Some might try to also tell you that it’s good in case you want to rip out the Entity Framework implementation and replace it with something else. Technically, you are doing this in the unit test but in a very rigidly defined way that suits the needs of the test and no more. A true “replacement” would need to be a full alternate implementation.

And while it is true this is a powerful ability you gain by using the interface, my bet is that this is extremely unlikely to ever happen in the real world. I’m not saying it never does, though. But you will probably have a good idea whether that is even a remote possibility or real need for your project. My guess is in 90% of cases or more it isn’t. As we’ll see later, this “ripping out” process won’t be as bad as it sounds even without the lowest-common-denominator way of doing things. And in fact, as I’ve already said once before, there are likely to be subtle (or not so subtle) differences in implementation that will require a rewrite anyway.

Just as an example, if you were to switch from ObjectContext to DbContext (we’re not even talking about shifting away from Entity Framework here), there are differences even there: DbContext has a lovely little Find method that can take params key values, making a generic repository Find method super easy. ObjectContext on the other hand does not, requiring a bit more work to support such a method. So much so that you may not have included such a method in your IRepository interface when you originally wrote your DAL with ObjectContext in mind.

Bottom line: extremely unlikely to actually be needed or used, so almost always not worth the trouble

Decorators, adapters, strategies, and other advanced patterns

Another benefit to isolating things to a single repository class implementation behind an interface is that it becomes easier to do advanced fanciness like writing a CachingRepository<T> decorator class. It is often enough you’ll want to do this sort of thing and it’s a very powerful ability even though there are still many times it isn’t necessary. Still, if we can keep the door open to having them should the need ever arise with hardly any extra effort to keep that possibility open then why not?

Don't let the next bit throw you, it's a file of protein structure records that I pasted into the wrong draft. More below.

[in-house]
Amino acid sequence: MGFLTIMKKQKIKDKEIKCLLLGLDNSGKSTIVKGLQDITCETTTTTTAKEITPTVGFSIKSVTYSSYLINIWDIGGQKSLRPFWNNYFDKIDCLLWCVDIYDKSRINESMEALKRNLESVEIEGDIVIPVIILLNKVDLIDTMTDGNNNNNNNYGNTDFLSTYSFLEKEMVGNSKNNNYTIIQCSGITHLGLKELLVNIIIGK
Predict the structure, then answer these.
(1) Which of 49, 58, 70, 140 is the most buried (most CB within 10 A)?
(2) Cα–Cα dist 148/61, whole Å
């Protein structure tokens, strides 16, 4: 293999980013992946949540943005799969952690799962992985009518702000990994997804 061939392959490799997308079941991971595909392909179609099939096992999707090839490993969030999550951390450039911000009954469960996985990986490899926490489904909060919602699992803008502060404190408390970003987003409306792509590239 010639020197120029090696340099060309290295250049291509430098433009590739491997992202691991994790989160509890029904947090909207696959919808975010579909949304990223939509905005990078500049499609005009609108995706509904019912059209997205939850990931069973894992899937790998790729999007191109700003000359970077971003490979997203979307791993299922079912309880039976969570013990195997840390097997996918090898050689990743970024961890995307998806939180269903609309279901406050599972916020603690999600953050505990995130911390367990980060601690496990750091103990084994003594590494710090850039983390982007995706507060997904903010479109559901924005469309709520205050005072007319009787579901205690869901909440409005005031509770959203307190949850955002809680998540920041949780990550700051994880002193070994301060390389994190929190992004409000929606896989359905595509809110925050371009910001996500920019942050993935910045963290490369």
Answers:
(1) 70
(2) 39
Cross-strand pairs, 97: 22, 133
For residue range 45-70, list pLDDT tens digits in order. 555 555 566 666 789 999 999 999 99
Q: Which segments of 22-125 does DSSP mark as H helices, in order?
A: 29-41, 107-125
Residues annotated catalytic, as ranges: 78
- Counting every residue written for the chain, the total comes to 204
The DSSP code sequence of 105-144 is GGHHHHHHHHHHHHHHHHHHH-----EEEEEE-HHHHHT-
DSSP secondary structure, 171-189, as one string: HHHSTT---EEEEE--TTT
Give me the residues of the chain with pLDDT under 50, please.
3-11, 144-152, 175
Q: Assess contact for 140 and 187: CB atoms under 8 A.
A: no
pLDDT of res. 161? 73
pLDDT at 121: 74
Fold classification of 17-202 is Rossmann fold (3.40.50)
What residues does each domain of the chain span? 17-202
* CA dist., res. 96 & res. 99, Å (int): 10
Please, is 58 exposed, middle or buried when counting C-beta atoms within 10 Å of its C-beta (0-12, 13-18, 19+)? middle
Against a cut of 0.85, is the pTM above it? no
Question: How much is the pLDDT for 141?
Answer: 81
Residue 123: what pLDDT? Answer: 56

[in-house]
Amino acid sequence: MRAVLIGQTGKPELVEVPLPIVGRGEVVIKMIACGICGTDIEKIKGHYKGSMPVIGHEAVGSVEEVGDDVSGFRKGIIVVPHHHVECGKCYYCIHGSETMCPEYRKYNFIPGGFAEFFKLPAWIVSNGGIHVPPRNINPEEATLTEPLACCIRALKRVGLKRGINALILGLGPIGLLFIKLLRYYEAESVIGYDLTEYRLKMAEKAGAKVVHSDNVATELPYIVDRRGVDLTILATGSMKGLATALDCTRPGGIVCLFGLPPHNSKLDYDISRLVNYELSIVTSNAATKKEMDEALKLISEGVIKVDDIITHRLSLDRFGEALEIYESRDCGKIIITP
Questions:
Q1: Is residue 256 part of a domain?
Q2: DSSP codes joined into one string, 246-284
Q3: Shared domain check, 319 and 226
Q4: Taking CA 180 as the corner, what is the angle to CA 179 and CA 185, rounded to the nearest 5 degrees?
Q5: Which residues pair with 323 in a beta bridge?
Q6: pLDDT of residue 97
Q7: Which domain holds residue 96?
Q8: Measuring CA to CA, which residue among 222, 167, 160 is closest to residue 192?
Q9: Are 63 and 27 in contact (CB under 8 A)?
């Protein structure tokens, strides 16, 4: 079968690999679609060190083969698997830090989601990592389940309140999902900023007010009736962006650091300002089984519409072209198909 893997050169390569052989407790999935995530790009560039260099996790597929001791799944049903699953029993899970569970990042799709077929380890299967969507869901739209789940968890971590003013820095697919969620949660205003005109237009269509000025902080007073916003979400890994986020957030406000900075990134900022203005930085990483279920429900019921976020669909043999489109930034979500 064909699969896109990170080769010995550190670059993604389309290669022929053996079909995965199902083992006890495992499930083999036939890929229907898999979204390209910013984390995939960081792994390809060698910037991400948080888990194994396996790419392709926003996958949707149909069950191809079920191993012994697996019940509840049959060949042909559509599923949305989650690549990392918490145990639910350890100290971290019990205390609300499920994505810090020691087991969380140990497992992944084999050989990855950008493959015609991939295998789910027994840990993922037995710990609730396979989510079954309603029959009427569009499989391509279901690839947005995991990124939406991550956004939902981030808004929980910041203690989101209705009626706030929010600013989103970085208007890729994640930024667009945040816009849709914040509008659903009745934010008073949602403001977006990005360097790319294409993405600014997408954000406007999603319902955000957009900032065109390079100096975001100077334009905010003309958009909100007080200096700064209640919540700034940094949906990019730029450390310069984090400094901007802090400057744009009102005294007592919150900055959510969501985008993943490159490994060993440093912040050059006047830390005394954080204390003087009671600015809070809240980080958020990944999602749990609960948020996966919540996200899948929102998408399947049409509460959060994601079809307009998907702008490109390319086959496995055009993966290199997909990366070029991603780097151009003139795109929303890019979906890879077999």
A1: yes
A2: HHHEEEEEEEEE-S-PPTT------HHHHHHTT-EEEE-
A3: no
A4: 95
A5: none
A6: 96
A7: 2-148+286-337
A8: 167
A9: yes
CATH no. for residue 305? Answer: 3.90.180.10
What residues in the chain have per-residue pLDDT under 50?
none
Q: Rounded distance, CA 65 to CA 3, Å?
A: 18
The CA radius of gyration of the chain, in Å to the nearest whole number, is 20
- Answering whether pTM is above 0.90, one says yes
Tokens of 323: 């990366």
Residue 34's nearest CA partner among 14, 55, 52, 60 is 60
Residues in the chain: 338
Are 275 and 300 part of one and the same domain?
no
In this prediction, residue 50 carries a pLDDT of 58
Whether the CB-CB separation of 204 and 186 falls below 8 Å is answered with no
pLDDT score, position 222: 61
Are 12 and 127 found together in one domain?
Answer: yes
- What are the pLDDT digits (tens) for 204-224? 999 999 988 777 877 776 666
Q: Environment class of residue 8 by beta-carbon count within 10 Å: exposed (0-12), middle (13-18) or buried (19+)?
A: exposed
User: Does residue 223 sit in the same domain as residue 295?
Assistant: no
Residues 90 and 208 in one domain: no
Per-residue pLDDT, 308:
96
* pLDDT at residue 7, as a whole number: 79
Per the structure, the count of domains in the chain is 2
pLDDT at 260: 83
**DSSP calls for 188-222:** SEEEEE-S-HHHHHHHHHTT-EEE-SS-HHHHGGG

I like to think of this as the “accretion” pattern more generally. Architect things in such a way that you can add on new things as specs and features change during development, with little to no rewriting of existing things. If you find that performance is bad, well just add in a new caching decorator or whatever. If you need better logging or you’ve got a new fancy logging service then slap together a logging decorator or an adapter to get your existing Log4net calls to go to the new centralized company-wide logging server.

Bottom line: always a plus, even if not always exploited, especially if we get the option for basically free

Well! Not a bad list. Lots of these are really more general guidelines for all of your architecting anyway, but they certainly apply with regards to your DAL and the Repository Pattern does give you all of these great benefits. What we want is a way to get the worthwhile benefits without the additional limitations that taking the typical repository pattern usually entails…

The answer has actually been right in our programmer faces for a few years now.